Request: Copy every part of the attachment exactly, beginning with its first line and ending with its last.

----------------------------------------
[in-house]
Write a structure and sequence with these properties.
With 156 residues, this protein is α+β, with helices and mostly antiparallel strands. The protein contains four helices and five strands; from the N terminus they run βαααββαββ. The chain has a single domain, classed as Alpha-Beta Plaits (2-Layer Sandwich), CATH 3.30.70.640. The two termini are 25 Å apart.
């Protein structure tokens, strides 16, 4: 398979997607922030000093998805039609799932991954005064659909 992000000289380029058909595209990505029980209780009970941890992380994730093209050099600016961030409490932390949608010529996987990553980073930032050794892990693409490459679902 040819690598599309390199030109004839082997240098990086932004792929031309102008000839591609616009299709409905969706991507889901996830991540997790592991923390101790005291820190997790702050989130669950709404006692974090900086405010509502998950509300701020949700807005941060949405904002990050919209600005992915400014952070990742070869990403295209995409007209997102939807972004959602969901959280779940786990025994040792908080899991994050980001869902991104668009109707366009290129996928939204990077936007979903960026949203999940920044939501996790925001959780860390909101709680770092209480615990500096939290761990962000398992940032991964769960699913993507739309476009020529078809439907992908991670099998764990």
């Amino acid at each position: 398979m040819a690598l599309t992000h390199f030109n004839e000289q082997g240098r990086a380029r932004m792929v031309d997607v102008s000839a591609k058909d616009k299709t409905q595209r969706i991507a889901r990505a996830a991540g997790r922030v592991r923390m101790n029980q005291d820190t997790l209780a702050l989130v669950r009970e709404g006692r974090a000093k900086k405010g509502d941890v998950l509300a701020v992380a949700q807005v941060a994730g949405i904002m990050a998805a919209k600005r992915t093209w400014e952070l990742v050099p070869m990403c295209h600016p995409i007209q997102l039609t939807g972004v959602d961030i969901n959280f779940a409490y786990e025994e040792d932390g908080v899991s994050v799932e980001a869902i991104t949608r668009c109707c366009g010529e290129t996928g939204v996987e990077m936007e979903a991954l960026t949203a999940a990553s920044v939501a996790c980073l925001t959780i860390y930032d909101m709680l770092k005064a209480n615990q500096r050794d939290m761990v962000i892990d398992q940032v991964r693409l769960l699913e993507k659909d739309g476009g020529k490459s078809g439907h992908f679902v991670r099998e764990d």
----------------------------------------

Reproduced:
[in-house]
Write a structure and sequence with these properties.
With 156 residues, this protein is α+β, with helices and mostly antiparallel strands. The protein contains four helices and five strands; from the N terminus they run βαααββαββ. The chain has a single domain, classed as Alpha-Beta Plaits (2-Layer Sandwich), CATH 3.30.70.640. The two termini are 25 Å apart.
């Protein structure tokens, strides 16, 4: 398979997607922030000093998805039609799932991954005064659909 992000000289380029058909595209990505029980209780009970941890992380994730093209050099600016961030409490932390949608010529996987990553980073930032050794892990693409490459679902 040819690598599309390199030109004839082997240098990086932004792929031309102008000839591609616009299709409905969706991507889901996830991540997790592991923390101790005291820190997790702050989130669950709404006692974090900086405010509502998950509300701020949700807005941060949405904002990050919209600005992915400014952070990742070869990403295209995409007209997102939807972004959602969901959280779940786990025994040792908080899991994050980001869902991104668009109707366009290129996928939204990077936007979903960026949203999940920044939501996790925001959780860390909101709680770092209480615990500096939290761990962000398992940032991964769960699913993507739309476009020529078809439907992908991670099998764990």
């Amino acid at each position: 398979m040819a690598l599309t992000h390199f030109n004839e000289q082997g240098r990086a380029r932004m792929v031309d997607v102008s000839a591609k058909d616009k299709t409905q595209r969706i991507a889901r990505a996830a991540g997790r922030v592991r923390m101790n029980q005291d820190t997790l209780a702050l989130v669950r009970e709404g006692r974090a000093k900086k405010g509502d941890v998950l509300a701020v992380a949700q807005v941060a994730g949405i904002m990050a998805a919209k600005r992915t093209w400014e952070l990742v050099p070869m990403c295209h600016p995409i007209q997102l039609t939807g972004v959602d961030i969901n959280f779940a409490y786990e025994e040792d932390g908080v899991s994050v799932e980001a869902i991104t949608r668009c109707c366009g010529e290129t996928g939204v996987e990077m936007e979903a991954l960026t949203a999940a990553s920044v939501a996790c980073l925001t959780i860390y930032d909101m709680l770092k005064a209480n615990q500096r050794d939290m761990v962000i892990d398992q940032v991964r693409l769960l699913e993507k659909d739309g476009g020529k490459s078809g439907h992908f679902v991670r099998e764990d």